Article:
The first half is sometimes needlessly artsy, with contemplative shots of Oscar sitting by the seashore or mourning the death of a pit bull that he sees get hit by a car.  These events in Oscar’s life were made up for the movie, much like many of the bank scenes in Sidney Lumet’s Dog Day Afternoon. Coogler’s artistic license by no means detracts from the movie’s power, but the scenes where Oscar is with his family are much more beautiful then those needless existential detours.

A shadow is cast over all of those happy moments, though, because the grainy footage of police shooting Oscar is shown before the fiction begins.  Fruitvale Station is a movie spawned from YouTube, just the like the protests and riots that followed Oscar’s on-camera shooting.  The lived-in aesthetic reminded me of great working class British filmmakers like Mike Leigh or Andrea Arnold, though Coogler adds more stylistic elements (slow motion, flashback) than those directors often do.

Drawing comparisons to those great directors after only one feature is a high compliment, though, and one that Coogler and his exceptional ensemble cast earn.  Dramatizing every day life is a difficult task, but Coogler’s script gives weight to every interaction without overbearing.  There are moments where the foreshadowing is too heavy (“You should take the train,” Oscar’s mother tells him), but when the incident finally arrives the pacing and abruptness and immediacy of the camera movements is emotionally overwhelming.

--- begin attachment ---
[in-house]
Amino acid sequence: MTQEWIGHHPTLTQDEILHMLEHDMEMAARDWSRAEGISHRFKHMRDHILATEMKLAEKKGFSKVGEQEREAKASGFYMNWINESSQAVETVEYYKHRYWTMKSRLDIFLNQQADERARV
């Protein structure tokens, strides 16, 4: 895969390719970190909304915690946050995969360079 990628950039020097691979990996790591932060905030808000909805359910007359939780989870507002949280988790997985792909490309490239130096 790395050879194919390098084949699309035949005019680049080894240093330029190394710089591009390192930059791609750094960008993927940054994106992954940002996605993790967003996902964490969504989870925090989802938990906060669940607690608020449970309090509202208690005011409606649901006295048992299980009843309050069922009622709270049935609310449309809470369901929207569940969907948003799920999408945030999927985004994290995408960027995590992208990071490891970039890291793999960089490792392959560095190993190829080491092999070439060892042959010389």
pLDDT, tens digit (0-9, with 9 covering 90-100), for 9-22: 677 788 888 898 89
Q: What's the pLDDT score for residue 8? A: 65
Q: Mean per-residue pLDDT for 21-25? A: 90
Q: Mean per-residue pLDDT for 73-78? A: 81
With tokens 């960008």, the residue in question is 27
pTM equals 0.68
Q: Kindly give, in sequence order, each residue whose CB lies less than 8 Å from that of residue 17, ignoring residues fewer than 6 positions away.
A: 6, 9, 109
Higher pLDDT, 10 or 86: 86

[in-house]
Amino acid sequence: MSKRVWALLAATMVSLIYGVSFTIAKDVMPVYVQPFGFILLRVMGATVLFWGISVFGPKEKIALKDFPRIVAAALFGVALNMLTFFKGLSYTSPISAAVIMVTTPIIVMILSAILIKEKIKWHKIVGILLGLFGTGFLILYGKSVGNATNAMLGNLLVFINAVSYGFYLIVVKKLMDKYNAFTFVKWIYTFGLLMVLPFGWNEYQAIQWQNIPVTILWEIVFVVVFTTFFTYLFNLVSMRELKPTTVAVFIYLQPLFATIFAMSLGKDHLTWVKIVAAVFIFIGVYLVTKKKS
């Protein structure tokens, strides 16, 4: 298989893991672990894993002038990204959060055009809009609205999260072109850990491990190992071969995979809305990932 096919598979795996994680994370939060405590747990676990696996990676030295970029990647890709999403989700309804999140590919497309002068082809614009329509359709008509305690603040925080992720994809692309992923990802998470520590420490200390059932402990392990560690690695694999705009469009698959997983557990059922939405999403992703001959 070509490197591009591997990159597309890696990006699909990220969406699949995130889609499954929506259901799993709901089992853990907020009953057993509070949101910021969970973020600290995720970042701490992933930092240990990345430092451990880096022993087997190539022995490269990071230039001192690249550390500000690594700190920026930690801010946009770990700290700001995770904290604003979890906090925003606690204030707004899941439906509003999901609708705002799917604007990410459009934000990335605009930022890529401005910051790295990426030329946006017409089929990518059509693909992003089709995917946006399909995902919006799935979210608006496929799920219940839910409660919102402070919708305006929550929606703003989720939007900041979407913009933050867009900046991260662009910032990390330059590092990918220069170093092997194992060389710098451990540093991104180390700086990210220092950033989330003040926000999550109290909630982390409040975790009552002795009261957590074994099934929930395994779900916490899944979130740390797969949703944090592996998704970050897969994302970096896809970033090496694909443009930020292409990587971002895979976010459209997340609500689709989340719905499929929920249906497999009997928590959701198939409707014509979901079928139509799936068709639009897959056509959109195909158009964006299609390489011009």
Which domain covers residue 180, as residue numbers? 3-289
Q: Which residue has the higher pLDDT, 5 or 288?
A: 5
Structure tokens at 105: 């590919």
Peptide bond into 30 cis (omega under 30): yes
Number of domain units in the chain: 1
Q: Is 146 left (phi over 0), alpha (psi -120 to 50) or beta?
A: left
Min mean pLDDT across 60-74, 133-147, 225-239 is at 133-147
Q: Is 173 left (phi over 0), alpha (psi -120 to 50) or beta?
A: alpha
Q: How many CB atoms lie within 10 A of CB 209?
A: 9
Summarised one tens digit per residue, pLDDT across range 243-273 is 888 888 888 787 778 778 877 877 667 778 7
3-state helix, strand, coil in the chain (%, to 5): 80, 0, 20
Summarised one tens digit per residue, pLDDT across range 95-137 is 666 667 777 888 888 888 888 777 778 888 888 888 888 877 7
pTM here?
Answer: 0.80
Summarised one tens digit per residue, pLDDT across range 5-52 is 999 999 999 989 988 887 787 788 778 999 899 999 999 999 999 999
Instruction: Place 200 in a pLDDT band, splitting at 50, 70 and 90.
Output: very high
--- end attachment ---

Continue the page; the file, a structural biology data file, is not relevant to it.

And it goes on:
Fruitvale has an added impact because of the recent acquittal of Florida neighborhood watchman George Zimmerman, who followed unarmed 17-year-old Trayvon Martin and shot him following an alleged confrontation.  I have not had the experience of being suspicious simply because of my race, but incidents like that and the one depicted here outrage me.  I grew up in a small town in Michigan where to this day you can still see Confederate flags flying if you drive around long enough.

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Whenever I hear people talk about incidents like this and say that race has nothing to do with it I think about those flags and the way I saw the one or two black students in my high school ostracized.  It is exactly that kind of suspicion that leads to deaths like this.  Black men are seen as inerently dangerous, though it’s the cop or the neighborhood watchman who often has the gun.